FOR IMMEDIATE RELEASE
CARMICHAEL GALLERY OF CONTEMPORARY ART PRESENTS
"...And now, your moment of zen."
October 6-19, 2007
Opening Reception: Saturday, October 6, 7:00 PM - 11:00 PM
RSVP to email@example.com
Carmichael Gallery of Contemporary Art
1257 N. La Brea Ave. (SW corner of La Brea and Fountain), West Hollywood, CA 90038
Web site, http://www.carmichaelgallery.com
Gallery hours, Wednesday - Sunday 2:00 - 7:00pm; and by appointment.
To preview selection of work from the upcoming show visit: http://www.carmichaelgallery.com/applications/Gallery/main.php
"With a phenomenally creative painter for a mother, and a set designing, iron sculpting, jack and/or master of all trades for a father, I was well encouraged in my artistic inclinations right from the start. My earliest days were spent with the crayon, forming round multi-colored bodies on the page whose line limbs spiked their way from its center. Since giving up the crayon, every form of mark-making that I've taken on has expressed that same subject. People have always been my creative focus.
"In between creative pursuits, I managed to survive and graduate from BYU's visual arts program and get myself hitched in the process. My greatest creative achievement has been that of my daughter, newly born and splendidly fabulous. The three of us are soon to set up shop in the Pacific Northwest, and become happily drenched in the copious rainfall.
"My work has been shown in galleries in LA, Denver, Salt Lake City Area, Springville Museum of Art, and currently adorns the walls of the Switzer Center in Los Angeles, California in mural form.”
Why it is I do what I do:
"I am a people watcher. I revel in catching momentary glimpses of old men behind me in the checkout line, or catch sight of the girl with the rather striking eyebrows on the other side of the bookstore. Somewhere in the clockwork of my soul there is a drive to know something of the people around me. Not to talk to them, or approach them, or learn any concrete fact about them, but to read their faces, to catalog them, to glean what I can from the short moment that I can steal a glance. Recently, my work has mirrored this same passion. In it, I am describing people as if at that glance. The scene is not wholly realized. Settings, clothes, and objects are often abridged or discarded. But what remains is that which satiates my desire to know them. Something is there that speaks to me of who they are, what they want, and what their relationship is to me. It is what is left when nothing more is wanted. Paradoxically, in creating a still image of the glance, I am denying its momentary nature. Time is introduced, allowing a deeper look, a longer look, a look well beyond the confines of a glance. Yet the information is still limited to bare bones essentials, and the experience sits somewhere between glance and perusal."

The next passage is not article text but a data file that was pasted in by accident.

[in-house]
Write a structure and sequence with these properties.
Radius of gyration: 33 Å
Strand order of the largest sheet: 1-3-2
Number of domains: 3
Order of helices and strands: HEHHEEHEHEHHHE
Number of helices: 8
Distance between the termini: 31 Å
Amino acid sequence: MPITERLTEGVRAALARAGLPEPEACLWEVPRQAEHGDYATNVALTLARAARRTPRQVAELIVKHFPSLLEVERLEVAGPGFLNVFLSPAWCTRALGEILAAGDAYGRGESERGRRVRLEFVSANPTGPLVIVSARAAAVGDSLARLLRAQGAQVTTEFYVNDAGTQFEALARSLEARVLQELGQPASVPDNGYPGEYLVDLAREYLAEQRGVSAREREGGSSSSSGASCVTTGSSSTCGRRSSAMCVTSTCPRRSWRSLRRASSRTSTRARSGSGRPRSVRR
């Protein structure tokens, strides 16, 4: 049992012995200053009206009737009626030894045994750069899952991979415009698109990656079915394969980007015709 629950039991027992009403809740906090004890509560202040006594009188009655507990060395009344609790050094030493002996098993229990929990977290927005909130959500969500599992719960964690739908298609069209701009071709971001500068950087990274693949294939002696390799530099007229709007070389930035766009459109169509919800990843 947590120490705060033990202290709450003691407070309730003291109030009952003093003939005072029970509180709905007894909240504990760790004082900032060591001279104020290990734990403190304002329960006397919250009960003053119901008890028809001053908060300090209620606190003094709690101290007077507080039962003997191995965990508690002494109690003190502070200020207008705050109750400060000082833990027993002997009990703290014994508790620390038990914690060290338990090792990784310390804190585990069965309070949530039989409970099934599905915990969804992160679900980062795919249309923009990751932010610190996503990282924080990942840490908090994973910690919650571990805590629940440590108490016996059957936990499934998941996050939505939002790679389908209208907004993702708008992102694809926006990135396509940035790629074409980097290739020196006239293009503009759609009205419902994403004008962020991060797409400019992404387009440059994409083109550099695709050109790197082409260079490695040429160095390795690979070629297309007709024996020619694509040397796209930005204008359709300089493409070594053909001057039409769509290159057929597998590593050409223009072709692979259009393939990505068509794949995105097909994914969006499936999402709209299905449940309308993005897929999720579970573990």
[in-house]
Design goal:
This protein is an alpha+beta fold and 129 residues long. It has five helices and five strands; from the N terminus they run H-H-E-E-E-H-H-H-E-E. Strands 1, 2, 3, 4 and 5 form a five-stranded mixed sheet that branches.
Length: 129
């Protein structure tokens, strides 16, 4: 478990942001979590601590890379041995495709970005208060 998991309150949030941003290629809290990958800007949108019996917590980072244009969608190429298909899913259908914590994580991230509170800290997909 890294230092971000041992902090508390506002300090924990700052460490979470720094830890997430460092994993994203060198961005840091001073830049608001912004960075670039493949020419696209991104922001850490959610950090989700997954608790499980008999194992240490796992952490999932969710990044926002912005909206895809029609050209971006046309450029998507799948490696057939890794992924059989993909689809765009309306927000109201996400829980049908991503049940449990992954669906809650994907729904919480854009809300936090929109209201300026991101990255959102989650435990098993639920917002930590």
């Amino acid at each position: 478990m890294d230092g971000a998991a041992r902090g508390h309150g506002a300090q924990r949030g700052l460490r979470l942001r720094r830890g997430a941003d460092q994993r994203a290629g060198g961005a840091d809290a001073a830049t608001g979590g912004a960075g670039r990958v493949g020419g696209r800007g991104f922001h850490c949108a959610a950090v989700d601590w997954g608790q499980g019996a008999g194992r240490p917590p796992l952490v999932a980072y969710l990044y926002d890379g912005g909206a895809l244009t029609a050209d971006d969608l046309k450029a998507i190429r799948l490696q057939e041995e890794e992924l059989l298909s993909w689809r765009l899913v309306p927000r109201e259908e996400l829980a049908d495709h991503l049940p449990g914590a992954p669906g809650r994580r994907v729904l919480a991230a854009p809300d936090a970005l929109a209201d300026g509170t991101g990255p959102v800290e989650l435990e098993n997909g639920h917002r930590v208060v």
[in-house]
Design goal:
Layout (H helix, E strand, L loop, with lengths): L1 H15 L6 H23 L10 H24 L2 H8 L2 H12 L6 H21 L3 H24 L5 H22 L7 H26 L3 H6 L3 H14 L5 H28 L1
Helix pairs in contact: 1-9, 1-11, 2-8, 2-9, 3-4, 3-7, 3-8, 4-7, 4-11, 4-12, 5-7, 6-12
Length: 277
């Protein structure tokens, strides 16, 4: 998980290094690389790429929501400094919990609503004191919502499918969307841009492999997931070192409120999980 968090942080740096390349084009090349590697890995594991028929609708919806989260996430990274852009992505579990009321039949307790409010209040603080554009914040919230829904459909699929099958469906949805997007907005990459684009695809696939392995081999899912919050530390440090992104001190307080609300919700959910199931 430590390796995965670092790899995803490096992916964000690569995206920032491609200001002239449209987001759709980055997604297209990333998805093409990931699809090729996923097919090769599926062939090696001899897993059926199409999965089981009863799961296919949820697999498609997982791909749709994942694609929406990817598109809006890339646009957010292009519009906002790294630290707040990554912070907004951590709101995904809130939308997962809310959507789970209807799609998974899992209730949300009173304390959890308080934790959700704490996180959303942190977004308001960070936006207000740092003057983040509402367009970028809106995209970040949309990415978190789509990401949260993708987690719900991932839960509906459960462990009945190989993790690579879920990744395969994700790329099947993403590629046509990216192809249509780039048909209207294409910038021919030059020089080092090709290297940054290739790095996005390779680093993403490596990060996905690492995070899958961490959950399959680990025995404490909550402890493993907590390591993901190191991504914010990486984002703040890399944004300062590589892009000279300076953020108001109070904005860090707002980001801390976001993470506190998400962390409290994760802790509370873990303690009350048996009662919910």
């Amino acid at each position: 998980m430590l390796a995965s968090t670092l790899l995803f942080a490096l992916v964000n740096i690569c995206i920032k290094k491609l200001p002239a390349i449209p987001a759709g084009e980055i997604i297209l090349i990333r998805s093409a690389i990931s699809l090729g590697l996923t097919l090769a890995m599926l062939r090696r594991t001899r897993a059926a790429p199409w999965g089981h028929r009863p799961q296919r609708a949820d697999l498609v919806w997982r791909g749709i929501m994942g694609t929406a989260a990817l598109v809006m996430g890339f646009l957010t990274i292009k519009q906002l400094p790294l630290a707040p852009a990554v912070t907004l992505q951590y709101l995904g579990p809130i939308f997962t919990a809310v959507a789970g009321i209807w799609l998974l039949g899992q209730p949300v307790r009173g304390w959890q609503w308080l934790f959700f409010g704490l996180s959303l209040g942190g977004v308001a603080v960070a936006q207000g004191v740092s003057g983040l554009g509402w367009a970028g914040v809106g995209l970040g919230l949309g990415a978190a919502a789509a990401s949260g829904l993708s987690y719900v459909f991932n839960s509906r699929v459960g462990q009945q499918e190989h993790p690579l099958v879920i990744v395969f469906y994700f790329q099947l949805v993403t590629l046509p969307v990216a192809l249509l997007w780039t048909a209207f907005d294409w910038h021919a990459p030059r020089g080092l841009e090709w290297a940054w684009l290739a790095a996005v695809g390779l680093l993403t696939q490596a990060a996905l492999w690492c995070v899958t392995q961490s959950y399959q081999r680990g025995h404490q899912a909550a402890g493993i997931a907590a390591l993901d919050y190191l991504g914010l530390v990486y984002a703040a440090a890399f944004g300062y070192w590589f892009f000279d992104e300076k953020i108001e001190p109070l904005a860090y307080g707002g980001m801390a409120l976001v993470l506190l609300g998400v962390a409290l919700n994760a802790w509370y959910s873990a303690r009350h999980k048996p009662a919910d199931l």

How it is I do what I do:
"I find my characters in communities in which I live and visit, they are real people. I meet them in streets and parks, and photograph them. The painting does not include that photograph, but is an image entirely created by paint, with the help at times of ink or acrylic. All of my pieces are painted on a birch wood panel with pine back supports, and a gesso ground. They are not framed, as I find frames unnecessary and distracting. Instead I wrap the paint around the edges, giving it a depth when hung. I believe that signatures often throw paintings off balance, or bring too much attention to themselves. Therefore my signature, a dotted S, is hidden within each painting."
- Ian Strawn